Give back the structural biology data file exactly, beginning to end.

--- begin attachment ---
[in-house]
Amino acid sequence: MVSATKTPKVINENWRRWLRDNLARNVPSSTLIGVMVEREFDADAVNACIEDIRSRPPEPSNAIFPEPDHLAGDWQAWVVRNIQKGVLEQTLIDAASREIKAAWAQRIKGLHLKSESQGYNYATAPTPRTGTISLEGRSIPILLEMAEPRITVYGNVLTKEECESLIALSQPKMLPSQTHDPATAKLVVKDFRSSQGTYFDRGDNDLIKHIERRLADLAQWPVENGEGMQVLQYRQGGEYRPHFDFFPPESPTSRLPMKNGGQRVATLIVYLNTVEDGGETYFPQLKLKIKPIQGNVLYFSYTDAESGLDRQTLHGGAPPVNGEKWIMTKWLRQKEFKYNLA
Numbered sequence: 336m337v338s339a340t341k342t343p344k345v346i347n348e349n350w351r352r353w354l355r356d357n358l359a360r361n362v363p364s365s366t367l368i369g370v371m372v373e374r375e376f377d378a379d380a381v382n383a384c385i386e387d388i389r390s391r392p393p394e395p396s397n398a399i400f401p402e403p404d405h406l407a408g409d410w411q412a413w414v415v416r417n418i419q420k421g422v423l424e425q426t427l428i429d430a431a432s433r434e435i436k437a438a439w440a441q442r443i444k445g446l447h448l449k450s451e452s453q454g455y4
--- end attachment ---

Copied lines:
[in-house]
Amino acid sequence: MVSATKTPKVINENWRRWLRDNLARNVPSSTLIGVMVEREFDADAVNACIEDIRSRPPEPSNAIFPEPDHLAGDWQAWVVRNIQKGVLEQTLIDAASREIKAAWAQRIKGLHLKSESQGYNYATAPTPRTGTISLEGRSIPILLEMAEPRITVYGNVLTKEECESLIALSQPKMLPSQTHDPATAKLVVKDFRSSQGTYFDRGDNDLIKHIERRLADLAQWPVENGEGMQVLQYRQGGEYRPHFDFFPPESPTSRLPMKNGGQRVATLIVYLNTVEDGGETYFPQLKLKIKPIQGNVLYFSYTDAESGLDRQTLHGGAPPVNGEKWIMTKWLRQKEFKYNLA
Numbered sequence: 336m337v338s339a340t341k342t343p344k345v346i347n348e349n350w351r352r353w354l355r356d357n358l359a360r361n362v363p364s365s366t367l368i369g370v371m372v373e374r375e376f377d378a379d380a381v382n383a384c385i386e387d388i389r390s391r392p393p394e395p396s397n398a399i400f401p402e403p404d405h406l407a408g409d410w411q412a413w414v415v416r417n418i419q420k421g422v423l424e425q426t427l428i429d430a431a432s433r434e435i436k437a438a439w440a441q442r443i444k445g446l447h448l449k450s451e452s453q454g455y4